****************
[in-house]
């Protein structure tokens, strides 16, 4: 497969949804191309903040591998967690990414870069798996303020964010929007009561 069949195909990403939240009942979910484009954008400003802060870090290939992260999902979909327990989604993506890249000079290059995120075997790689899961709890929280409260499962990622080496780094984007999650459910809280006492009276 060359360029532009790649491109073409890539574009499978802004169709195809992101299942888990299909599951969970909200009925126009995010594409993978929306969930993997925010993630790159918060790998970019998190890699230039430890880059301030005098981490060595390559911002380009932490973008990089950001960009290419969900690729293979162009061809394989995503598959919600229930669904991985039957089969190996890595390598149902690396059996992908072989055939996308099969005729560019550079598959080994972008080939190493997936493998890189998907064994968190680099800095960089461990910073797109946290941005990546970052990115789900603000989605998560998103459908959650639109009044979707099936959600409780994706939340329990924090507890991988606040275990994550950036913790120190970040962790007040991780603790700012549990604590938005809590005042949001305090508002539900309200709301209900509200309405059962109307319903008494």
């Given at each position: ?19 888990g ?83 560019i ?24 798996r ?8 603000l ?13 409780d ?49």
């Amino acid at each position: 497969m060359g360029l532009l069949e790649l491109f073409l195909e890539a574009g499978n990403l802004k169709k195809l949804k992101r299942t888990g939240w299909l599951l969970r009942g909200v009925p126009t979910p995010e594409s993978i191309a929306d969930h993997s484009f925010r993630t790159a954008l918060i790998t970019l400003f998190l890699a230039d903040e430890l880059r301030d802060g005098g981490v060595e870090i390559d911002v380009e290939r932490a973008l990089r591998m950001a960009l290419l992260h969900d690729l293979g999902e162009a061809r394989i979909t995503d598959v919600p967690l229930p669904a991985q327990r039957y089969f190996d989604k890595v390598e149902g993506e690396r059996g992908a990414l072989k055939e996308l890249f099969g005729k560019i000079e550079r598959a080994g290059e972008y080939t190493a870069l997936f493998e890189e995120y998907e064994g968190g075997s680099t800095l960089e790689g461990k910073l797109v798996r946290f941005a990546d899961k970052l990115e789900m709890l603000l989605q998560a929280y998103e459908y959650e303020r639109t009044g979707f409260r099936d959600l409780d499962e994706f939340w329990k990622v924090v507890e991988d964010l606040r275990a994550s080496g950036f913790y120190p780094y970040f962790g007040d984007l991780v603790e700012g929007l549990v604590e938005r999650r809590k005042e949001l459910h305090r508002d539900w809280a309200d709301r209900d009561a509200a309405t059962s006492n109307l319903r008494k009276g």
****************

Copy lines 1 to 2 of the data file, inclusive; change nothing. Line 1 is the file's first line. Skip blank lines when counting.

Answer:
[in-house]
């Protein structure tokens, strides 16, 4: 497969949804191309903040591998967690990414870069798996303020964010929007009561 069949195909990403939240009942979910484009954008400003802060870090290939992260999902979909327990989604993506890249000079290059995120075997790689899961709890929280409260499962990622080496780094984007999650459910809280006492009276 060359360029532009790649491109073409890539574009499978802004169709195809992101299942888990299909599951969970909200009925126009995010594409993978929306969930993997925010993630790159918060790998970019998190890699230039430890880059301030005098981490060595390559911002380009932490973008990089950001960009290419969900690729293979162009061809394989995503598959919600229930669904991985039957089969190996890595390598149902690396059996992908072989055939996308099969005729560019550079598959080994972008080939190493997936493998890189998907064994968190680099800095960089461990910073797109946290941005990546970052990115789900603000989605998560998103459908959650639109009044979707099936959600409780994706939340329990924090507890991988606040275990994550950036913790120190970040962790007040991780603790700012549990604590938005809590005042949001305090508002539900309200709301209900509200309405059962109307319903008494």